A Section 125 Cafeteria Plan, also known as my cafeteria plan, is an employer-sponsored benefits plan that lets employees pay for certain qualified medical expenses – such as health insurance premiums – on a pre-tax basis. It’s called a “cafeteria plan” because, like walking through a cafeteria and selecting various dishes to eat, employees can choose the types of healthcare options they want, such as medical, dental, vision and other benefits, and decline the ones they don’t.
In addition to the health benefits, employees may enjoy lower taxes. Contributions to the cafeteria plan are made before taxes are taken out of their paychecks. For employers, they pay less since employees only select the benefits they want rather than the whole spectrum of offerings.
The primary advantage to employees is the range of healthcare options that allows them to use Section 125 money to fit their needs. Typically, they can use the pre-tax money to pay for health insurance premiums, retirement deposits, or other benefit options. If they don’t want any of the offered benefits, they may be able to choose alternatives including cash suplemental life or disability insurance.
It’s important to note that a Section 125 Cafeteria Plan does not provide health insurance. Instead, it allows employees to use pre-tax money to choose and pay for the types of insurance coverages that are most meaningful to them.
Section 125 Cafeteria Plan Requirements
To qualify as a Cafeteria Plan, the plan must include:
- At least one taxable benefit option, considered part of the employee’s salary, and
- At least one qualified pre-tax benefit
An example of the taxable benefit option could be allowing employees to take the monthly amount as part of their salary rather than applying it towards the benefit plan. With traditional company-sponsored healthcare insurance, the employer generally pays part of each employee’s premiums. If an employee opts out of the plan, he or she does not receive compensation for the amount their premiums would have cost. With a Section 125 Cafeteria Plan, however, the employer may choose in this situation to offer the cost of the benefits as cash. The employee may use the money towards another benefit. Although, if the employee receives cash, that money is taxed.
Qualified pre-tax benefits can range from health and disability insurance to Flexible Spending Accounts (FSAs), Dependent Care Assistance Plans (DCAP), Health Savings Accounts (HSAs), and contributions toward retirement plans.
The Big Three Benefit Accounts for Employees
The following Section 125 Cafeteria Plan features offer employees significant tax and money-saving advantages:
- Flexible Spending Accounts (FSAs). An FSA allows employees to pay for qualified out-of-pocket medical expenses on a pre-tax basis. If the FSA is the only benefit provided, employees may use the account to cover health insurance premiums.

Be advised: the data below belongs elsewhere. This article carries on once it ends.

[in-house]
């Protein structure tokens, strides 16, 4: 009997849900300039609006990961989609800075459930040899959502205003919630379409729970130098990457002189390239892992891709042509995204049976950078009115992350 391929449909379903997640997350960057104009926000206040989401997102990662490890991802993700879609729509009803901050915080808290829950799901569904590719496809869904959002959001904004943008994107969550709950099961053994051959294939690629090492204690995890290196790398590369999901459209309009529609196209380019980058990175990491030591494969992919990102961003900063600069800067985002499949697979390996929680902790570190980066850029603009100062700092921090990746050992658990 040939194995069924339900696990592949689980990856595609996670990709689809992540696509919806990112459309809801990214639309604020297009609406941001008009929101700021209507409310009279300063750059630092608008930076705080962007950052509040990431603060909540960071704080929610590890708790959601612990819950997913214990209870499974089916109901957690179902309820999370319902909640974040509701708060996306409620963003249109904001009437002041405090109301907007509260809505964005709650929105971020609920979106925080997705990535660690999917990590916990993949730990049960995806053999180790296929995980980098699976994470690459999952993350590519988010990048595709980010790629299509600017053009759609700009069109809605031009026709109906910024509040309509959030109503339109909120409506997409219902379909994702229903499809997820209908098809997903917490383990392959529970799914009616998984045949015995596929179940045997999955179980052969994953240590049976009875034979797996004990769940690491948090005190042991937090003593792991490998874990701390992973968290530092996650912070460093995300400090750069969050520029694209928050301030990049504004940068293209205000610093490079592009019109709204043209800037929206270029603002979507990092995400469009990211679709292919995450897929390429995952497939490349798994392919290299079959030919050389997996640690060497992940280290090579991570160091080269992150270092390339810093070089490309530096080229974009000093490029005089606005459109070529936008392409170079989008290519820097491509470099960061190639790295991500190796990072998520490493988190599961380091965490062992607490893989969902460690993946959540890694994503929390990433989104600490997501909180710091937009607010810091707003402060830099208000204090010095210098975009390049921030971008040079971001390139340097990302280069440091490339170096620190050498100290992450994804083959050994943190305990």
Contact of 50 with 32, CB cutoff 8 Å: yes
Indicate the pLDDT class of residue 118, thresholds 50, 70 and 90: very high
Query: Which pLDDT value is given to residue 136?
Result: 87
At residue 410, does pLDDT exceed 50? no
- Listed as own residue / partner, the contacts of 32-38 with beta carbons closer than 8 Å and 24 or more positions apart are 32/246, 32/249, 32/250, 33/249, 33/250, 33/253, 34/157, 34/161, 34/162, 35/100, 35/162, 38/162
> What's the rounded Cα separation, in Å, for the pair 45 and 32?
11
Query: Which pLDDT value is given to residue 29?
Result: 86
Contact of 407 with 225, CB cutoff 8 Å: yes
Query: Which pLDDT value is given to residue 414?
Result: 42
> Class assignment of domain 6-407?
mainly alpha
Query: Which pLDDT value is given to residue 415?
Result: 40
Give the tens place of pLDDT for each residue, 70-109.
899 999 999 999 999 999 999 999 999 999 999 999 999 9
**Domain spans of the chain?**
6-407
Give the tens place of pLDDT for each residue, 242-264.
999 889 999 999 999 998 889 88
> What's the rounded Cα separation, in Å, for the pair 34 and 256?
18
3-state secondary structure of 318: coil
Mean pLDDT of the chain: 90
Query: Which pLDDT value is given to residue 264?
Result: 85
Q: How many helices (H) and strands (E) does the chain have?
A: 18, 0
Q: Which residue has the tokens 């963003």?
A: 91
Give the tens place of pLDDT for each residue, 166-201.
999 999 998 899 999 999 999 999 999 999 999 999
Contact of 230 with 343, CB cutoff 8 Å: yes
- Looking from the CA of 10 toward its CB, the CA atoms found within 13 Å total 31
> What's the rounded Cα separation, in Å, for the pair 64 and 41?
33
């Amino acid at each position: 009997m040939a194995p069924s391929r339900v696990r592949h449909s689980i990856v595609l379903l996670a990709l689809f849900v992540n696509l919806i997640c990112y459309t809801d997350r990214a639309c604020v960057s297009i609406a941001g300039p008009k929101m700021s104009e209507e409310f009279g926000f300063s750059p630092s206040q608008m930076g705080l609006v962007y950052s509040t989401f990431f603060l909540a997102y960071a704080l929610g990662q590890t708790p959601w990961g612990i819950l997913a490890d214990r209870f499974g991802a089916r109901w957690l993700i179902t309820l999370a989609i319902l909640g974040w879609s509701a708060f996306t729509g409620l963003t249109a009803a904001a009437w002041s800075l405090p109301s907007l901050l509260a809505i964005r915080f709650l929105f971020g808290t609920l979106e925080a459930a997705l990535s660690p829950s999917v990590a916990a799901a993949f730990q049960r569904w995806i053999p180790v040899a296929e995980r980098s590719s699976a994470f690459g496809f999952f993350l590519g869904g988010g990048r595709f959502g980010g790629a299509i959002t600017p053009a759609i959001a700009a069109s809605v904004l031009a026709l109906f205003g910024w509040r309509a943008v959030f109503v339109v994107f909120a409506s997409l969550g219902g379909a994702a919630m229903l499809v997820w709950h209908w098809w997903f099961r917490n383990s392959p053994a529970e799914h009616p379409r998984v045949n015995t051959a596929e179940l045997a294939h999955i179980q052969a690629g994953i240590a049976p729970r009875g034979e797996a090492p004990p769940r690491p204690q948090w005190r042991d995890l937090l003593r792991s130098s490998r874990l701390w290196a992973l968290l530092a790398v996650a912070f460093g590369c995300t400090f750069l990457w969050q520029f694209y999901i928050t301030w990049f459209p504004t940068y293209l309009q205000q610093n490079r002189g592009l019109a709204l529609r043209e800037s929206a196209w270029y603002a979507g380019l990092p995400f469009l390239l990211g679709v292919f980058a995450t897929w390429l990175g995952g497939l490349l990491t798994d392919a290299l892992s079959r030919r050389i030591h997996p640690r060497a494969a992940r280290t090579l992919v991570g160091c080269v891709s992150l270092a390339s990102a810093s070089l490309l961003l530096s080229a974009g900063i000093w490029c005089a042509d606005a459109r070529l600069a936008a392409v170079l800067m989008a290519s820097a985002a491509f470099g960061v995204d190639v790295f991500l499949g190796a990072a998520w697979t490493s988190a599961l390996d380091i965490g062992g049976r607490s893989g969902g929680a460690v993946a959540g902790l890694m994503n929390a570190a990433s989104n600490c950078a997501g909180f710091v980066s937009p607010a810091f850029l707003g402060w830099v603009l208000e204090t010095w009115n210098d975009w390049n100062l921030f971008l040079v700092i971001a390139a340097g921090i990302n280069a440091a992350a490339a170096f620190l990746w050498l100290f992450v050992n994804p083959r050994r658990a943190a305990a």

- Health Savings Accounts (HSAs). Like an FSA, HSAs enable people to set aside pre-tax money for a wide variety of approved healthcare products and services. Unlike with FSAs, employees own the account and can take it with them anywhere they go.
- Dependent Care Assistance Plan (DCAP) FSAs. A DCAP allows employees to set aside up to $5,000 a year pre-tax to pay for dependent care services. This allows working parents the ability to save on child care while they are at work or attending school.
Benefits to Employers
Section 125 Cafeteria Plans also provide several important advantages to employers, especially those who own a small business.
- Reduced payroll taxes for employees who participate in the 125 cafeteria plan. As a result, the employer’s FICA, FUTA, SUTA, and Workers’ Compensation costs are also lower. Lower payroll taxes can also help reduce or eliminate the costs of offering the cafeteria plan.
- More attractive benefits package, which can reduce turnover and attract new talent.
- Unused funds with “use it or lose it” FSAs stay with the employer at the end of the plan year or when an employee leaves the company.
Section 125 cafeteria plans vary depending on the employer’s needs. They can also be fairly complicated to put together and administer. The plans lock employees into their designated contributions for a full year. With few exceptions, employees must wait until the following enrollment season to make plan changes. If employees don’t use all their FSA money in the calendar year, they can only roll over a maximum of $550 to the next year. Also, unused FSA money may be forfeited if their employment status changes.
A section 125 cafeteria plan offers a cost-effective benefits plan for companies. It can help businesses save money while keeping employees happy. Due to the complexity of these plans and their compliance issues, contact a benefits administration professional who specializes in creating and administering these types of plans.
DataPath, Inc. is a leading provider of technology solutions for cloud-based benefits administration.